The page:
The trailer for London Boulevard at the tail end of last year promised the best kind of British gangster flick; slick, stylish, smart, sexy and darkly funny. A disappointingly short run in cinemas and a lukewarm critical reception suggested that something didn’t quite click though, despite the stellar cast and seductive snippets of footage. Perhaps audiences anticipated more of the same; substitute Ray Winstone for Michael Gambon and Colin Farrell for Daniel Craig and you essentially get Layer Cake. But I was inclined to disagree with the tepid expectations because of interesting parallels between criminality and celebrity.
Farrell plays Mitchell, a cockney con straight out from serving three years for GBH. He explains he was merely involved in “an altercation” (he educated himself through hordes of books inside) and that he’s no thief. He’s trying to convince Keira Knightley’s paparazzi besieged actress to employ him as a bodyguard, after he uses his street smarts and hard as nails attitude to help a friend of hers avoid a nasty scuffle. Mitchell eventually takes the job protecting the star from crude happy snappers, whilst simultaneously trying unsuccessfully to remove himself from friendships drawing him back into London’s underworld. Without even trying he rapidly builds a reputation for himself that Ray Winstone’s crime boss wishes to utilise.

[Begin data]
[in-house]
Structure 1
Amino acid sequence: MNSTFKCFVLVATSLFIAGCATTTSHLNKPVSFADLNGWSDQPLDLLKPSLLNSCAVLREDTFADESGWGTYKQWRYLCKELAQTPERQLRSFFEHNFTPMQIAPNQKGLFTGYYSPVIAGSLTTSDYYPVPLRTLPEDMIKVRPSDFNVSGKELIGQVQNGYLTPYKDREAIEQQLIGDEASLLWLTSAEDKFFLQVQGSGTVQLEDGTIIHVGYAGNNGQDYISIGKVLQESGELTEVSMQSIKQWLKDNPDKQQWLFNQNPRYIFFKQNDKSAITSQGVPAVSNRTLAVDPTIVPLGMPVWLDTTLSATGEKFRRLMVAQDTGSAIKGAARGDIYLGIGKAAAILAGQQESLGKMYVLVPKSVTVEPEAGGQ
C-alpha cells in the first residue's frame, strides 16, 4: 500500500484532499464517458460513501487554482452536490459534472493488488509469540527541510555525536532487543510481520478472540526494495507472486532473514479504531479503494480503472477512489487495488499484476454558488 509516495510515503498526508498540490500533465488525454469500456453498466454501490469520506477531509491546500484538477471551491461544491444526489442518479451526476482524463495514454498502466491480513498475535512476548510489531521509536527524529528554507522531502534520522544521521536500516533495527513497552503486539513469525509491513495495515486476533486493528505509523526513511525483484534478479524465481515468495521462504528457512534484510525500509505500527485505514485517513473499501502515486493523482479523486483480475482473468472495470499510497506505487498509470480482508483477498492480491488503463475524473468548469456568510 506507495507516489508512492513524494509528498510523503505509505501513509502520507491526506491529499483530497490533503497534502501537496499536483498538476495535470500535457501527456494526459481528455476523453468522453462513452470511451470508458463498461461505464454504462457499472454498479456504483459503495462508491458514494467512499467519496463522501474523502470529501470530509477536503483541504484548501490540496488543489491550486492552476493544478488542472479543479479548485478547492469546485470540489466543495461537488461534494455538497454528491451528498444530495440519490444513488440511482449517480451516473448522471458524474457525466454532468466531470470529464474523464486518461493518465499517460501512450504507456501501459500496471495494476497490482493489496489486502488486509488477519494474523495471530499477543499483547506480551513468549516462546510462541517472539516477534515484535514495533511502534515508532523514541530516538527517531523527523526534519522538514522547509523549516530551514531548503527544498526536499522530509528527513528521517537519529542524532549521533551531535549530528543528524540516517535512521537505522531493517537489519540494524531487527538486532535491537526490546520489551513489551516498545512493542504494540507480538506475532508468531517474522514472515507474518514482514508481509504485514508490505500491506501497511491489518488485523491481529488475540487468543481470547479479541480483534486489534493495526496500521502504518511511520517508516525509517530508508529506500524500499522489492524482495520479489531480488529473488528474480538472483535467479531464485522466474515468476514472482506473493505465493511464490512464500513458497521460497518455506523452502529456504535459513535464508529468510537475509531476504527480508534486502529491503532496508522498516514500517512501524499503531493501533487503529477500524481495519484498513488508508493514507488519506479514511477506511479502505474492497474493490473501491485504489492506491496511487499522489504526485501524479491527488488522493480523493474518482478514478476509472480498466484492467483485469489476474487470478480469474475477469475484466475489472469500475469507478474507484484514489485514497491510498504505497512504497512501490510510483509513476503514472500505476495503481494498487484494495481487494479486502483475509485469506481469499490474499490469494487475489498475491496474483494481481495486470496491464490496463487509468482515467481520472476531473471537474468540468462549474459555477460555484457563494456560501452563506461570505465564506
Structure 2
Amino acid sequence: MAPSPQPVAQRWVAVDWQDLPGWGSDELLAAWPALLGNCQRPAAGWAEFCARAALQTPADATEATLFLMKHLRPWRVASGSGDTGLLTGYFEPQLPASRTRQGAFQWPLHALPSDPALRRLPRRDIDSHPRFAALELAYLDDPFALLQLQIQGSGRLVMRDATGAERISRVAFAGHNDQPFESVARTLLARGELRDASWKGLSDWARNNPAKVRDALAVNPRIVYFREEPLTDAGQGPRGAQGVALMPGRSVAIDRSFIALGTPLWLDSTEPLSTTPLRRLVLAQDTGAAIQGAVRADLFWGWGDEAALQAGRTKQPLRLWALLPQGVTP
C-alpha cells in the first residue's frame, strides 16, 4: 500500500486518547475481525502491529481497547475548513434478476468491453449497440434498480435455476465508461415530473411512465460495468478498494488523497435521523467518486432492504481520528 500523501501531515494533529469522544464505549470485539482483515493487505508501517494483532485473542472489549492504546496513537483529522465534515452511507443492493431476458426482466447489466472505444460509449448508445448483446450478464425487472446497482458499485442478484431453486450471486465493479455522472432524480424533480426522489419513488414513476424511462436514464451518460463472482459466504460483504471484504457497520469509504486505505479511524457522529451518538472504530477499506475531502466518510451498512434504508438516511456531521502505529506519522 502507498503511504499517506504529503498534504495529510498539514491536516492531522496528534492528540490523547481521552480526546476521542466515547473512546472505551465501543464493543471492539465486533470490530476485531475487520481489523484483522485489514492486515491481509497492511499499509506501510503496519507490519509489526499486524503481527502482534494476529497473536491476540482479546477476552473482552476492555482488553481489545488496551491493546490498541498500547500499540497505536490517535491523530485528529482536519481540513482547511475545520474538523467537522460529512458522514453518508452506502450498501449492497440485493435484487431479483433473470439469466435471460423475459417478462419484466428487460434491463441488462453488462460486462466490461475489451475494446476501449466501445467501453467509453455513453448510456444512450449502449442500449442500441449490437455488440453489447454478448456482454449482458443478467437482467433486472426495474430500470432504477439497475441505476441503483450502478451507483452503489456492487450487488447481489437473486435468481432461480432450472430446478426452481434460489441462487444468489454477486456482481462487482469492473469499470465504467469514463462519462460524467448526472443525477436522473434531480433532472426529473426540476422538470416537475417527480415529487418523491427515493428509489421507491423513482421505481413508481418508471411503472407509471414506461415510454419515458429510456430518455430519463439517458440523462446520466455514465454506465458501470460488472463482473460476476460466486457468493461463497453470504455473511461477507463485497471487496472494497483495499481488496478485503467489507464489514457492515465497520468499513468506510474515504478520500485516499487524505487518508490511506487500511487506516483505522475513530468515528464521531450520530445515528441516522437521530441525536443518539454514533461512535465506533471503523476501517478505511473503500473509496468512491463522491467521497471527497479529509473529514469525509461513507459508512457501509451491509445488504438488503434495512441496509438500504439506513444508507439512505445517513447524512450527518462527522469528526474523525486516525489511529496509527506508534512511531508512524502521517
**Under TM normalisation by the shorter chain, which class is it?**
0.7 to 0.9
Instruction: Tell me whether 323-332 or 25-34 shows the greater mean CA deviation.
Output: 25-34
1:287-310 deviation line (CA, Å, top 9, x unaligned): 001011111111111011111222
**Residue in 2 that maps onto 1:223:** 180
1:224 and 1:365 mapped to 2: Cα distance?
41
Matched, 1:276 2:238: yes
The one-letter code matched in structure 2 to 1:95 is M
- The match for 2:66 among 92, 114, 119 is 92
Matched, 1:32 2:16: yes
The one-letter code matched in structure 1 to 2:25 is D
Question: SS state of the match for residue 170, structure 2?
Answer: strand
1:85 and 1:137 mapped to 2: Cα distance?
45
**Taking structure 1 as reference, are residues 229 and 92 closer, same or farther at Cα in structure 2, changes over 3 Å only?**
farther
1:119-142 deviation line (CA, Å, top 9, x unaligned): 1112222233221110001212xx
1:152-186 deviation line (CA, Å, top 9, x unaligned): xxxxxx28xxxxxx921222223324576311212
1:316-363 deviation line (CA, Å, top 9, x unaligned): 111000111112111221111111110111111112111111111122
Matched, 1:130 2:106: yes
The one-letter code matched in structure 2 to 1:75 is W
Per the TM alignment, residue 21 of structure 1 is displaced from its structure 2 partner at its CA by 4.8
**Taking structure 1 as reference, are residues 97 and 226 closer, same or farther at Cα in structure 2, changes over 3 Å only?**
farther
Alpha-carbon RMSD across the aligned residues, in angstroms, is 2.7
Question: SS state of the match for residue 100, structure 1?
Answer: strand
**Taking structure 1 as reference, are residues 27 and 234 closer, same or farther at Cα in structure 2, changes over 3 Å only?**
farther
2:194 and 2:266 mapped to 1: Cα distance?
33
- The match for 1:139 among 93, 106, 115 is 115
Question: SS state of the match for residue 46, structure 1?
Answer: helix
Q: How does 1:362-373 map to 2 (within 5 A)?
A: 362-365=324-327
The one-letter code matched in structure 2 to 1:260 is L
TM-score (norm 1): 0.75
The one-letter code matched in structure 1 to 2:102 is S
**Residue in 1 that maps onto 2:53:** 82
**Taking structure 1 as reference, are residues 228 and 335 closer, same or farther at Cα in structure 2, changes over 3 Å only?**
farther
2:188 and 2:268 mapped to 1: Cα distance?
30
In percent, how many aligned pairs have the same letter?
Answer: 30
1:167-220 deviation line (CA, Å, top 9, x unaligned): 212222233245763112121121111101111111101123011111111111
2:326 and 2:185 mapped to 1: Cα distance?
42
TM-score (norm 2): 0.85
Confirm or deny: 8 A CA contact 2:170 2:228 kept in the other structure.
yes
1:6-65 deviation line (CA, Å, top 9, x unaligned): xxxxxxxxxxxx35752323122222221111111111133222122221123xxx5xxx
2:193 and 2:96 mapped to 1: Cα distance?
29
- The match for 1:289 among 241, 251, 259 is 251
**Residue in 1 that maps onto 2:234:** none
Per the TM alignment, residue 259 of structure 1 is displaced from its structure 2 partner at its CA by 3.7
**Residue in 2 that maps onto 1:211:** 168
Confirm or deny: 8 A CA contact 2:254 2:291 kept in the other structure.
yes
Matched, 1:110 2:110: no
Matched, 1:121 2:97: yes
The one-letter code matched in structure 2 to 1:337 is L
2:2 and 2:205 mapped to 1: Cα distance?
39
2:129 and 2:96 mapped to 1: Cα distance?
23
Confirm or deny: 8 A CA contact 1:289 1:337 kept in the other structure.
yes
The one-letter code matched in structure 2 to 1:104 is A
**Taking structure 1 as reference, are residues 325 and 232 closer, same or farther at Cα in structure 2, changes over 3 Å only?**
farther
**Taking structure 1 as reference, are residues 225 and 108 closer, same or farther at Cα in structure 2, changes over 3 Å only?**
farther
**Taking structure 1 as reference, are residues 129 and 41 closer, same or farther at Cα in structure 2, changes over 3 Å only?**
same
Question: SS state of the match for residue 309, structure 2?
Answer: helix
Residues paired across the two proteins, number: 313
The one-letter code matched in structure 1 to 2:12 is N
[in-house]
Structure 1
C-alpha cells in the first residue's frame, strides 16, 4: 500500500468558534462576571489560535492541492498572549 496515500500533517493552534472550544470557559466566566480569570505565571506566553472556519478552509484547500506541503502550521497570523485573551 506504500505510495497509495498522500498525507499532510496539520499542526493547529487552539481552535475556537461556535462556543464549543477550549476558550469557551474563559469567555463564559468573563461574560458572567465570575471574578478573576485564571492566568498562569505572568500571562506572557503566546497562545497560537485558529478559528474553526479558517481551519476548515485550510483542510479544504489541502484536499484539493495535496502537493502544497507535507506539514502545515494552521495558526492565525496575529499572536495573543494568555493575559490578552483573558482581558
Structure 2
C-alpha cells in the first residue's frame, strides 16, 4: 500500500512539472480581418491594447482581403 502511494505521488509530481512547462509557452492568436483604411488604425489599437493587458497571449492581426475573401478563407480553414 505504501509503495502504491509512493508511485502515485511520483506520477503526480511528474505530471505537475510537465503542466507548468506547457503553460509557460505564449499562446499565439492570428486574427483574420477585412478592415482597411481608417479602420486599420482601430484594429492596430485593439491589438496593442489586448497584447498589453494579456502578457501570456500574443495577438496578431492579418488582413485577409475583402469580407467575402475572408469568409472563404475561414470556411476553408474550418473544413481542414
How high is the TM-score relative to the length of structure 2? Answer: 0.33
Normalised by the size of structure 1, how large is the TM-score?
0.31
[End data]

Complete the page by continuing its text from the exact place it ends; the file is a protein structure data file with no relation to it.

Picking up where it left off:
I found the idea of a gangster tied to his life by the contracts of violent deeds and debts, compared and contrasted with a celebrity trapped by fame, an extremely interesting one. Neither can easily escape those aware of their existence and constantly keeping tabs on them. The relationship between Mitchell and his globally known actress had the potential to provide a refreshing lens through which to view a swaggering, traditional gangster story.
And at times the angle is slightly different. Some of the dialogue between Knightley and Farrell, particularly when they slip away to the countryside, is both full of black humour and believable observations about their determined destinies. But sadly most of the dialogue is ordinary and predictable and has indeed been seen countless times before. Farrell’s performance is neither fantastic nor a failure, merely passably cut off and charismatic, in keeping with the genre. He is suitably cool. Most disappointing is Knightley, who despite looking the part with a withered and thin appearance, never truly inhabits a role that must be close to the reality of her life on occasion. She ought to be capable of more than caricature with such personal experience to draw on.
For me the main problem with London Boulevard was that it boiled down to an endless simmering. The stylish and often mildly funny build up was pleasing enough for a while, but only because it seemed to hint at the plot coming together and igniting at some point. It never really does. The climax on offer lacks intensity and urgency. With funny, vivid performances in supporting roles from David Thewlis, Ray Winstone, Ben Chaplin and Anna Friel, London Boulevard ultimately lets down an impressive cast of capable Brits. As well as the audience.